Another example of the digital momentum embraced within the economic field in Egypt is the “Capiter” company, which is a business-to-business platform where owners of small enterprises, regardless of their nationality, can order an inventory for their business. This platform would empower refugee entrepreneurs to access the necessary supplies for their businesses at a fair cost. As one refugee entrepreneur mentioned, due to a lack of information on prices of raw material, the suppliers used to increase prices of the supplies needed. Finally, “Capiter” also provides its customers with market insights through the use of machine learning technologies to refine their distribution strategies and increase efficiencies. This is again tackling barriers for identifying and proactively addressing market needs, which is required for business sustainability.
Accelerating factors for an inclusive digital transition for refugee entrepreneurship
Building skills in and knowledge of digital technologies
On the other hand, as reported by the respondents from CDAs, there are two types of refugee-led enterprise, those which do not use digital solutions at all, and those that use the online solutions in a very modest way that is not sufficient to sustain their business. This is also confirmed by the refugee sample interviewed for this policy brief, as they mentioned limited benefits perceived from using the digital channels. Moreover, one representative from a CDA, based on practical interaction with refugee entrepreneurs, estimates that more than 98% of refugees do not possess sufficient understanding of tech principles for digitised businesses. For example, the most common practice among refugees is marketing their products and services via WhatsApp groups, which usually only include other groups from the same nationality and socioeconomic status, limiting their sales volume.
A less common practice is to establish a dedicated Facebook page to promote their business to reduce operational costs, including rent and hiring staff. However, as indicated by private company representatives, refugees lack understanding of digital marketing principles, such as photographing content and marketing concepts, which, again, leads to the failure of the business as no sales are generated due to the lack of knowledge of e-commerce and digital marketing.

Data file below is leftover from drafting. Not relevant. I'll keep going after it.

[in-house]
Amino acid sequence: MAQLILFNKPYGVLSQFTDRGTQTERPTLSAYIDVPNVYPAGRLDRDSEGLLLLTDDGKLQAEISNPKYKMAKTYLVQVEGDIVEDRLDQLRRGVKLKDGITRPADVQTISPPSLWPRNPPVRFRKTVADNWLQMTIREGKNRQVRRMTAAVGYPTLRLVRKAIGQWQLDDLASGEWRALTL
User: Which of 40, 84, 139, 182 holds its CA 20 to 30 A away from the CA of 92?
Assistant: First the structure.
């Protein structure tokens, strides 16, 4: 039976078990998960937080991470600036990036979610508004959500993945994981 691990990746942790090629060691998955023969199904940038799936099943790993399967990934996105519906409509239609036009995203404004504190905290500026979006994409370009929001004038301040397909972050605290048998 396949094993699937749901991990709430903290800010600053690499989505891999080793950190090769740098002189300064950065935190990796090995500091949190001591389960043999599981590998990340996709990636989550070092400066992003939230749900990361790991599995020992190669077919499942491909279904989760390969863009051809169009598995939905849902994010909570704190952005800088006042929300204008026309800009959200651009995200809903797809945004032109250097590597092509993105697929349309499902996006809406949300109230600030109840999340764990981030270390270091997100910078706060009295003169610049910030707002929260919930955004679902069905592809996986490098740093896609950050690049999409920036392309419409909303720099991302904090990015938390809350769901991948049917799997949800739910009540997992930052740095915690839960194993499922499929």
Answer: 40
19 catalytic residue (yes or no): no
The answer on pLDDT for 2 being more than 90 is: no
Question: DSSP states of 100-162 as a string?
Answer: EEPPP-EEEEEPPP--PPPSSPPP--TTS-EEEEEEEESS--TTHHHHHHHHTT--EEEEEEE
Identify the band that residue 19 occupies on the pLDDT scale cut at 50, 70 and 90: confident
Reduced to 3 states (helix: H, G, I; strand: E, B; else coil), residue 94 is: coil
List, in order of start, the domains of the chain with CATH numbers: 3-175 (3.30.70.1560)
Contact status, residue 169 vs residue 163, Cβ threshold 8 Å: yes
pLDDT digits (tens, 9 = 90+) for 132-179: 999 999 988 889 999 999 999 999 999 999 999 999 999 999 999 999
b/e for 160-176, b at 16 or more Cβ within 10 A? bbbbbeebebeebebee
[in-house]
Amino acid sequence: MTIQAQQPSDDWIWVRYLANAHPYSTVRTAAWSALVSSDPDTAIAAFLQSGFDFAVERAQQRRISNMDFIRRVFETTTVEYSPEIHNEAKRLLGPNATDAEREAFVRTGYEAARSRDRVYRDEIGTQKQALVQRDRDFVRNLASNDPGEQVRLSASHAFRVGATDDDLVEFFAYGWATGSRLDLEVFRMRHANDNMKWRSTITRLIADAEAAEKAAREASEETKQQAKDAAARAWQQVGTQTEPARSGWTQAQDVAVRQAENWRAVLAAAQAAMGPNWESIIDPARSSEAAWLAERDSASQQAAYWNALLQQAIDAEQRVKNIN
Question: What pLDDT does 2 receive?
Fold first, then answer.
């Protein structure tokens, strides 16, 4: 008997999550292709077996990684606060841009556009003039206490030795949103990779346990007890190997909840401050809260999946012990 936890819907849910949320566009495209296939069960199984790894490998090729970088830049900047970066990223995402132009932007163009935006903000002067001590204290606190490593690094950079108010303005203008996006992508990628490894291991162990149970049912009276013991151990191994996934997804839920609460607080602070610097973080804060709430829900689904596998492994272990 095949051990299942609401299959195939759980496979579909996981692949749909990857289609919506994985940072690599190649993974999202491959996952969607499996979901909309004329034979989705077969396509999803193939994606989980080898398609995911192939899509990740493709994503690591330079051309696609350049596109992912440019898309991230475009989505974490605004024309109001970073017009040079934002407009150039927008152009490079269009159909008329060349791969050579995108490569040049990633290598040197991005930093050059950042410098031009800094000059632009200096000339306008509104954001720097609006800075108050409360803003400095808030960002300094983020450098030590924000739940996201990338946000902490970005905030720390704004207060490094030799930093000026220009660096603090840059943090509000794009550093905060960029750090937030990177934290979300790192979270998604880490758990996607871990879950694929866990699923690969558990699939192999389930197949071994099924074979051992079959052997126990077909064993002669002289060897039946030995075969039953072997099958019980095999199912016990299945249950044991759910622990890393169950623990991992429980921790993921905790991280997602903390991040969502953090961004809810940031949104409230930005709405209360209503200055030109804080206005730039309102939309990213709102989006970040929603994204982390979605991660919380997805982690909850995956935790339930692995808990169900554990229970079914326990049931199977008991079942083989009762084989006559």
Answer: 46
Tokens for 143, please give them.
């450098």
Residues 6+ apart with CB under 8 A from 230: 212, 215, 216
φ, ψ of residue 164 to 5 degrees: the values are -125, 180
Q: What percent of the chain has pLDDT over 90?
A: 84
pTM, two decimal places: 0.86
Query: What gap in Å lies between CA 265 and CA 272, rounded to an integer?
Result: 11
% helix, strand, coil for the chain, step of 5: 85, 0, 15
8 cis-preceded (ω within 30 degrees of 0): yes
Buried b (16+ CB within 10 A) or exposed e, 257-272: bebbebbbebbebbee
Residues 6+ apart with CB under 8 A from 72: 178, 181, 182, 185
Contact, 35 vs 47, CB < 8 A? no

Clearly, current practices deployed by refugees to embrace the digital transformation in Egypt are not benefiting from the wide range of advantages provided by digital solutions. Hence, advanced capacity-building is required so refugees learn practical strategies for launching and sustaining their businesses by providing them with different practical low-cost digital solutions geared towards the attractiveness, efficiency and sustainability of their business. This knowledge and capacity-building can be provided through various approaches, such as offering online coursework with content tailored for refugee entrepreneurs in Egypt. Another suggestion by the sample interviewed was to establish a business centre within INGOs to provide constant hands-on technical capacity-building, and advising refugee entrepreneurs.
Investing in technological infrastructure
The sample interviewed from INGOs and CDAs has confirmed that about 95% of adult refugees in Egypt already have access to low-budget Internet packages and basic equipment. However, the respondents also stressed the importance of investing in advanced technological infrastructure. This includes providing refugees with access to more stable Internet access and advanced equipment as the use of tech solutions would entail an upgrade for the level of equipment/Internet connection. This finding was also confirmed by the refugee sample interviewed.
Offering affordable and user-friendly tech solutions
As refugees exhibit different vulnerability factors, such as low financial capacity and/or inadequate education background, there is an urgent need to tailor innovative tech solutions that are low cost and easy to acquire by refugee entrepreneurs. As highlighted by one of the sample respondents from INGOs, many refugees avoid paid online marketing, even if it is deemed essential for increasing their sales, due to their limited financial capacity, as this would require fees for the service itself in addition to hiring a marketing specialist to manage the process.
Ensuring the safety of vulnerable groups online